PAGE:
Padre prepared a Preliminary Environmental Assessment (PEA) for a proposed new 30-classroom elementary school proposed to be located in Gilroy, California (Project Site). The PEA was conducted in accordance with a Preliminary Environmental Assessment Work Plan, also prepared by Padre and approved by the California Environmental Protection Agency Department of Toxic Substances Control (CalEPA/DTSC). The activities performed were to fulfill the requirements of an Environmental Oversight Agreement issued to the school district by CalEPA/DTSC. Pursuant to Option A of the California Education Code Section 17213.1.a (6) (A), the PEA was made available to the public for review and comment.
The purpose of the PEA was to establish whether a release or potential release of hazardous substances or naturally occurring material, which would pose a threat to human health via ingestion, dermal contact, and inhalation exposure pathways, exists at the Project Site. Chemicals of potential concern (COPCs) identified at the Project Site included:
• Organochlorine pesticides (OCPs) in soil from historic agricultural use;
• Arsenic and copper in soil from historic agricultural use;
• Cobalt in soil related to concentrations identified in a soil stockpile located on the Project Site; and
• Naturally occurring asbestos (NOA) from weathering of ultramafic rock outcrops located in outlying areas.
Analytical results from soil sampling indicate that the amounts of the COPCs identified above are not present in on-site soils at levels that require further assessment or remediation, based upon State of California health risk thresholds with the exception of NOA.
Padre prepared a Removal Action Work Plan (RAW) and Operations and Maintenance (O&M) Plan for the Project Site. The recommended response action to eliminate, reduce, and/or mitigate the identified chemicals of concern is the implementation of engineering controls in the form of a “cap” placed over the NOA-containing soil, creating a barrier to prevent or greatly reduce human exposure and health impacts. After school construction is completed, the O&M Plan will address long-term monitoring and maintenance of engineering controls, and management of soils containing elevated concentrations of NOA at the Project Site.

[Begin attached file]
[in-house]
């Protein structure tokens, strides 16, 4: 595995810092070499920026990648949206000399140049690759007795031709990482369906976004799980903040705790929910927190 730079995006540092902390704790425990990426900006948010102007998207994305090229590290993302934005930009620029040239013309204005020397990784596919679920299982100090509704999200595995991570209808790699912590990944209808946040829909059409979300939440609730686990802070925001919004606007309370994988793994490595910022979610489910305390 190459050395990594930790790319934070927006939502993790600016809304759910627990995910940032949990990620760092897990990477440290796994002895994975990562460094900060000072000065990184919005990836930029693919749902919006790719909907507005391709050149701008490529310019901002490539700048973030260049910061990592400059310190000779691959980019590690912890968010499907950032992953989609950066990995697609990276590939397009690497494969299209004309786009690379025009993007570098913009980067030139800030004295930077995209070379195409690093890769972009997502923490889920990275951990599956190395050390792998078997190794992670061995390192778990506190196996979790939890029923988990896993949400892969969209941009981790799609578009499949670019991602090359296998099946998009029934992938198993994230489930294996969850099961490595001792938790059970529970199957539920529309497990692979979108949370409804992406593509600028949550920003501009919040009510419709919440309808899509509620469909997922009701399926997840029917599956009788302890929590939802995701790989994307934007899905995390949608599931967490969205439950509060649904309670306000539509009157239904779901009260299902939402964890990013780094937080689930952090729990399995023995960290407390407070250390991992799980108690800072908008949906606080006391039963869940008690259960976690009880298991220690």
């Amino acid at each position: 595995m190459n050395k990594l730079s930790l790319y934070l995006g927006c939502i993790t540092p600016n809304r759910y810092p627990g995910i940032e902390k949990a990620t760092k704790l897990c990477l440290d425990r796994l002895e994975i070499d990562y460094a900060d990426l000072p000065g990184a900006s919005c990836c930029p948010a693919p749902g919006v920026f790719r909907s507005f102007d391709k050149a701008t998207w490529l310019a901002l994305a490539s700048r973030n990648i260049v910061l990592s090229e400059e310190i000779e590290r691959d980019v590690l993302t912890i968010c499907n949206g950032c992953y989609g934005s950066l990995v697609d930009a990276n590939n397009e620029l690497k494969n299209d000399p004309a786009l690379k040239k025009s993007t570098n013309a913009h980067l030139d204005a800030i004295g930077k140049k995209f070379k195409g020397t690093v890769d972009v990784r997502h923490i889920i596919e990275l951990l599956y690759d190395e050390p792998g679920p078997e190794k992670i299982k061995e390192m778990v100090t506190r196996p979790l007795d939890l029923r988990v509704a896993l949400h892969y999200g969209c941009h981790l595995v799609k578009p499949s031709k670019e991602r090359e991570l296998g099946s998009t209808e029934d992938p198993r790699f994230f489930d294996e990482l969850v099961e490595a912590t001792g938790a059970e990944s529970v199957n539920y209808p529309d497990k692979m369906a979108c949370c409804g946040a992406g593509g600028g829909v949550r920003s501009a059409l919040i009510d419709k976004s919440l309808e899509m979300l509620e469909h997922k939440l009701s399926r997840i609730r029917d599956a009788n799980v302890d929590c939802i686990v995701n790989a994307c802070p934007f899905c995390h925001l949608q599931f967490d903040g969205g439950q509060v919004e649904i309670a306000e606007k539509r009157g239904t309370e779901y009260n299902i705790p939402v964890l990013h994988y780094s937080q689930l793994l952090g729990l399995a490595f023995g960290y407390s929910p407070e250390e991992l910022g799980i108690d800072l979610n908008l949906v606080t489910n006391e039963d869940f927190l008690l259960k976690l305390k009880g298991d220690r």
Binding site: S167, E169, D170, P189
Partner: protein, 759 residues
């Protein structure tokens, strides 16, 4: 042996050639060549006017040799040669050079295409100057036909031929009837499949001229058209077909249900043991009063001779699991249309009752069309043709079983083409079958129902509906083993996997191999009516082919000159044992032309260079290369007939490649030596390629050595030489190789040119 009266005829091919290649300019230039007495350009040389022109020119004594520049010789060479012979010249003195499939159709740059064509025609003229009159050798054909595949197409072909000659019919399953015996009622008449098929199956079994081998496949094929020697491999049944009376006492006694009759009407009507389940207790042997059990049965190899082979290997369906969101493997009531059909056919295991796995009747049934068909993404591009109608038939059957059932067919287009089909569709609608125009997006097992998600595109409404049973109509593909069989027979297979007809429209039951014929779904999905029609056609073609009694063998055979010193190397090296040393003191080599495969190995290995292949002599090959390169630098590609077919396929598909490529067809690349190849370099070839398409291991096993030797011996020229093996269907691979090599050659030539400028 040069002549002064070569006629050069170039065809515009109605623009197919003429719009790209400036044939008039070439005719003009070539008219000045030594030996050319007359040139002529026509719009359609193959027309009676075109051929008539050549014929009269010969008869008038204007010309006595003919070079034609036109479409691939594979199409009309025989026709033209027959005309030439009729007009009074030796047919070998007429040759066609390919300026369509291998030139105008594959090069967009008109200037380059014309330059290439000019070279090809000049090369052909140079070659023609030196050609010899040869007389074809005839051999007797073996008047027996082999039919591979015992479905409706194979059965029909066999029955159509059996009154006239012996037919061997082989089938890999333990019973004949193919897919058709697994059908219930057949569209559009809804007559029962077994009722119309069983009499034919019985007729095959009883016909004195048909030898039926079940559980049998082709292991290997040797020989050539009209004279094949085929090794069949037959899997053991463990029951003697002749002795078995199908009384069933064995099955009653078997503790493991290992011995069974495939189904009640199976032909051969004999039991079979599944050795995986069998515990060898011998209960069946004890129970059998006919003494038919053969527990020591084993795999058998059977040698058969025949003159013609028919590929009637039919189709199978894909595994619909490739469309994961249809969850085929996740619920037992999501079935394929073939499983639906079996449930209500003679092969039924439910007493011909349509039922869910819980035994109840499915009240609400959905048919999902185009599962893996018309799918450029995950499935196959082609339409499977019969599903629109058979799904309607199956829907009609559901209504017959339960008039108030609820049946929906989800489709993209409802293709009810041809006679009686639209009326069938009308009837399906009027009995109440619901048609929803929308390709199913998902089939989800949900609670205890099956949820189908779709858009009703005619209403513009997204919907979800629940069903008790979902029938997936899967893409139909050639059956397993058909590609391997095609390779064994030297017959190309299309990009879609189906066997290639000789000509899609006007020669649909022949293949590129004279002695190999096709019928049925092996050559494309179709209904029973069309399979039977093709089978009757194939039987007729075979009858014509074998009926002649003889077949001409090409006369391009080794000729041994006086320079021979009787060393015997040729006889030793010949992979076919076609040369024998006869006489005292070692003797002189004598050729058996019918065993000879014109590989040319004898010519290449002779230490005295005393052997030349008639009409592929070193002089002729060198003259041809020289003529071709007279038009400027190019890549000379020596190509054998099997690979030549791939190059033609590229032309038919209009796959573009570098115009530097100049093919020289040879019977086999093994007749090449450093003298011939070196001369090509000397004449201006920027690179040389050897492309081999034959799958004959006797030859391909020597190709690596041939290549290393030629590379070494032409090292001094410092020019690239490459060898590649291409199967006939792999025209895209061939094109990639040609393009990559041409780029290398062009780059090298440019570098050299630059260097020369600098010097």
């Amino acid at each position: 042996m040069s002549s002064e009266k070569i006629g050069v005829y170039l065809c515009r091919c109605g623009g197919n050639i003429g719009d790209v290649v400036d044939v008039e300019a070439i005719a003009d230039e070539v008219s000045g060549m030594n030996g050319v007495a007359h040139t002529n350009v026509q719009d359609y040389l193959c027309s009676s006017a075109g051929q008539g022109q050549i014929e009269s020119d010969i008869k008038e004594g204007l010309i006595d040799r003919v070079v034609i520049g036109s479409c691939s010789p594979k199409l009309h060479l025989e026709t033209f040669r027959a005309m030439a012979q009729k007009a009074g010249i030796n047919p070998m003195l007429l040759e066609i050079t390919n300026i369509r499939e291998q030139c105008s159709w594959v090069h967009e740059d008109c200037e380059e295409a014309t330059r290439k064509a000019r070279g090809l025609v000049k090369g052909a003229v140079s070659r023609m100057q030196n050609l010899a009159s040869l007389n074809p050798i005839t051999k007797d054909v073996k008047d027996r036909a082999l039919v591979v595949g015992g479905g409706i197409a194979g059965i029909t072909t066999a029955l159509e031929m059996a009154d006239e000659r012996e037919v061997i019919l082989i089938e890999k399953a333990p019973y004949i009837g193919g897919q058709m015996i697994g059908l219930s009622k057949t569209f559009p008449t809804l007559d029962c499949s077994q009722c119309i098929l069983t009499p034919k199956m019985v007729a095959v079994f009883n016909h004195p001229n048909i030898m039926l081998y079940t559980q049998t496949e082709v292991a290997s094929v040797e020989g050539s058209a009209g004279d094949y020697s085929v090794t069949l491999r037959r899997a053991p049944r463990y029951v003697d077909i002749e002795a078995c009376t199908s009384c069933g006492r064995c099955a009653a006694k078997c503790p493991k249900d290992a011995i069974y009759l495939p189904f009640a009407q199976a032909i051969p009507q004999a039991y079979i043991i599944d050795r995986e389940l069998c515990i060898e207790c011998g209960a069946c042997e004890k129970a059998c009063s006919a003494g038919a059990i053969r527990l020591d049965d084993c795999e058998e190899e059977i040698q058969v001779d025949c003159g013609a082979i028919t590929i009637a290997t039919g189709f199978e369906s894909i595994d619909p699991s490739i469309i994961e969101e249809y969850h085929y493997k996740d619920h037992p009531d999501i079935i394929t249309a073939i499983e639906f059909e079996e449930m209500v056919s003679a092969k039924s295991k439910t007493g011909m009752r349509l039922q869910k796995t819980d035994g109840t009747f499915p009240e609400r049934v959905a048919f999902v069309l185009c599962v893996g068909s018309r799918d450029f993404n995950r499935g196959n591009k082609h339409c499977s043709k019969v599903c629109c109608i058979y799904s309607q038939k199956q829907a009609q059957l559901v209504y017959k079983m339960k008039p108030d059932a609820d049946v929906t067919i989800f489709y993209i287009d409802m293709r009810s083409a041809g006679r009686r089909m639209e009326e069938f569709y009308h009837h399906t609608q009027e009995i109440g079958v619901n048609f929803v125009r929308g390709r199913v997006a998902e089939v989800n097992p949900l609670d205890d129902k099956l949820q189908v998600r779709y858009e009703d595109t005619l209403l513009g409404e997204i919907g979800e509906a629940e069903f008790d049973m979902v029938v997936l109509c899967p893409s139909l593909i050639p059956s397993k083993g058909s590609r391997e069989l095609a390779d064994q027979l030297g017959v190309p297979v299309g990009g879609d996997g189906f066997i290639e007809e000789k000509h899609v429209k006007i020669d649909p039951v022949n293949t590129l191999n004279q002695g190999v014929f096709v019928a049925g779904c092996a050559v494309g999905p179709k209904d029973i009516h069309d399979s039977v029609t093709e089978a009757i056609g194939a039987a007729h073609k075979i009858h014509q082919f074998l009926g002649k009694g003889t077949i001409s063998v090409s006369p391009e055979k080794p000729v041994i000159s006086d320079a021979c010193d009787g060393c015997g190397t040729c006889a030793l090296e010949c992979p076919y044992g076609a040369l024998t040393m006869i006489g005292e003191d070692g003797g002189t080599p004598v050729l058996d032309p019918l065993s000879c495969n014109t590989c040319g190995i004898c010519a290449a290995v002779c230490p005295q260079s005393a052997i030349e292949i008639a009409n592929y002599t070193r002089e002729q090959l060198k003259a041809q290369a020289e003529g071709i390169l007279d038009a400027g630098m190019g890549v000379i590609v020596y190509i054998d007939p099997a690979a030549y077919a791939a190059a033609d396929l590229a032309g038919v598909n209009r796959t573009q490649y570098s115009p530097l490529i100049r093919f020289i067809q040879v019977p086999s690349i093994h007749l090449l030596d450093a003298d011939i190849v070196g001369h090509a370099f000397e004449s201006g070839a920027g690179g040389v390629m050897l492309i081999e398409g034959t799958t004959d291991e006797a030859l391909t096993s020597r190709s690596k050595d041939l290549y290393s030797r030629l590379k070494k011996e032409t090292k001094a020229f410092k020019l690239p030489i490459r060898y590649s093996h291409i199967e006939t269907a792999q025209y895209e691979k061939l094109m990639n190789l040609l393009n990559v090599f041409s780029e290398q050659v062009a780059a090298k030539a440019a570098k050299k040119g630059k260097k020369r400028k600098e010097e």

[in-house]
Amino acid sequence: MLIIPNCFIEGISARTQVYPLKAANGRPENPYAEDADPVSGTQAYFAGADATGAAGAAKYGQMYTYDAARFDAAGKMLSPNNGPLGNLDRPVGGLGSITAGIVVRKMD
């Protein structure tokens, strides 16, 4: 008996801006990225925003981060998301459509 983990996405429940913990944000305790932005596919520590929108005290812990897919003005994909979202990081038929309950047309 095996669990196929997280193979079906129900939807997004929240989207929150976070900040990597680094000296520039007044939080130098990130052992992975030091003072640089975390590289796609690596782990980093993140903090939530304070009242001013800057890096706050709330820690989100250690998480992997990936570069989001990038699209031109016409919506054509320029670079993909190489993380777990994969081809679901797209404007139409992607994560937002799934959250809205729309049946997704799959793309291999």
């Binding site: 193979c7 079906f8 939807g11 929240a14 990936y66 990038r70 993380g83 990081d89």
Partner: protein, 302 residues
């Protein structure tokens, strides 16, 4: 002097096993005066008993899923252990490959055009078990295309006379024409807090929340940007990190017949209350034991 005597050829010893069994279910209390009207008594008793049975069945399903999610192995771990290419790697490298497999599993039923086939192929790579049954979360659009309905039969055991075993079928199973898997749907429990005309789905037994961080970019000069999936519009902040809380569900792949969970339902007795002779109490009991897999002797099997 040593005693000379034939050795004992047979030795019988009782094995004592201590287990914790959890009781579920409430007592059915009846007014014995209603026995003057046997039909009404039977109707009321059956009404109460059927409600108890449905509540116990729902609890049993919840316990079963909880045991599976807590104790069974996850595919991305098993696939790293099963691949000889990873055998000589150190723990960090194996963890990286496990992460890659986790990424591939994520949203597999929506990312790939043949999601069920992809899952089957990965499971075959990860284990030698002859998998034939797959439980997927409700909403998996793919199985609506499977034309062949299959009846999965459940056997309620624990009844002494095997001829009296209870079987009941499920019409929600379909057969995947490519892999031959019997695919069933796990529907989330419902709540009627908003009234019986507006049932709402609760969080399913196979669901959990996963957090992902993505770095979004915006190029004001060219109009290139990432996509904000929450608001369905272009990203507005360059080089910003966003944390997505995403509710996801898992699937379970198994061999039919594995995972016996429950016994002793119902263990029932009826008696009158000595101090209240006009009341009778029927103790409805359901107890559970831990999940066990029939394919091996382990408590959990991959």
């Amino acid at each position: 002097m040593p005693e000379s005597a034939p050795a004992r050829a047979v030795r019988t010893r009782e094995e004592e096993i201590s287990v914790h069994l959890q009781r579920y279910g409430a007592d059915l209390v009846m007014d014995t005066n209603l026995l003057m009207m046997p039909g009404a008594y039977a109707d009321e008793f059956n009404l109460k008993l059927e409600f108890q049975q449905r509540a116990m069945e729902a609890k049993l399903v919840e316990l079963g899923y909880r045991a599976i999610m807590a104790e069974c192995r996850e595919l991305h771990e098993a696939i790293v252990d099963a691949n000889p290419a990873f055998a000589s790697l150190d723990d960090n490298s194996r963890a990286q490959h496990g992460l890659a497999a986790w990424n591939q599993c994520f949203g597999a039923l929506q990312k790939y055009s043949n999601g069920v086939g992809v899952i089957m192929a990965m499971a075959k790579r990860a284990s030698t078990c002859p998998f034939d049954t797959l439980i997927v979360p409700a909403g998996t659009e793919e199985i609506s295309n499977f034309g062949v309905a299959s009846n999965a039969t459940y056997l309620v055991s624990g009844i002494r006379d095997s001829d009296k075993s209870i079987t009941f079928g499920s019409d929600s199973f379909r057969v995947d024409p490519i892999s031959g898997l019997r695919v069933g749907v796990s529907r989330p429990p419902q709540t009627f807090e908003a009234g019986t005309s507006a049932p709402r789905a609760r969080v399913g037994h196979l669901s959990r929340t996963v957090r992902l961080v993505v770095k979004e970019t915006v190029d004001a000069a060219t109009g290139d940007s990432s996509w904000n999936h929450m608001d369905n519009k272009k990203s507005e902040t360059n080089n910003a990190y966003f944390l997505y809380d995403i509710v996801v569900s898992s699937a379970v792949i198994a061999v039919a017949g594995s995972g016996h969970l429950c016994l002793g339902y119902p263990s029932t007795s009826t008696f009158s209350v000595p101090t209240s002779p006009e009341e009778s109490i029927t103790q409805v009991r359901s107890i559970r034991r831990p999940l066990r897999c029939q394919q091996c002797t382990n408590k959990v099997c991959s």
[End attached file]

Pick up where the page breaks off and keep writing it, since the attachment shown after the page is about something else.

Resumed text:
Padre provided environmental and demolition support for the removal of the remaining fuel piping associated with the former fuel underground storage tanks (USTs), dispenser islands, underground hoists, waste clarifier, and waste oil UST for a former service station property (Project) located on Main Street in Ventura, California (Project Site). As part of the scope of work, Padre:
Procured necessary permits from various agencies including the City of Ventura Fire Department (tank removal permit), City of Ventura (grading permit), and Ventura County Air Pollution Control District (exemption from permit);
Prepared a Site Restoration Plan for the Project Site;
Conducted a geophysical survey of the Project Site to identify underground utilities and hazards;
Was responsible for removal, recycling/disposal of Project components; Prepared a Technical Work Plan for Preliminary Soil and Groundwater Assessment Activities for the Project;
Prepared a Health and Safety Plan for the Project;
Conducted preliminary site assessment activities including sampling and analysis of soil and groundwater for assistance with waste characterization and classification for disposal;
Provided field oversight, monitoring and documentation of activities associated with the Project;
Prepared a report summarizing and documenting the demolition and soil sampling activities conducted at the Project Site; and
Prepared a Summary Report and Request for Site Closure for the excavation and removal of TPH-containing soil and confirmation sampling/chemical analyses.
The Project Site is planned for future development of mixed uses (residential and commercial) and was part of the Ventura County Cleanup Program with local oversight provided by the Ventura County Environmental Health Division. With Padre’s assistance, the Project Site successfully received site closure status, from Ventura County Environmental Health Division
Padre assisted the Coastal San Luis Resource Conservation District, working in partnership with the California Regional Water Quality Control Board – Central Coast Region and California State Parks, in completion of sediment assessment activities at Oso Flaco and Little Oso Flaco lakes in southwestern San Luis Obispo County. The two coastal lakes are located at the outlet of a watershed where the predominant land use is irrigated agriculture. The two lakes have been identified as Section 303d impaired water bodies due to elevated concentrations of organochlorine pesticides, primarily DDT and dieldrin. Padre subcontracted with TEG Oceanographic Services to complete 17 sediment sample collection locations using a barge mounted vibracore sampling system. Sediments were collected in continuous cores ranging in depth from 3 to 6 feet at pre-determined locations within both lakes. Padre geologists logged the sediments, identifying changes in soil type, macroinvertebrates, and layers of organic debris. Stratigraphic core samples were chemically analyzed for the presence of potential chemicals of concern. The information gained from the sediment assessment activities will be used by the interested agencies to determine potential remedial options, including dredging, that could be implemented to improve the ecological health of the two lakes.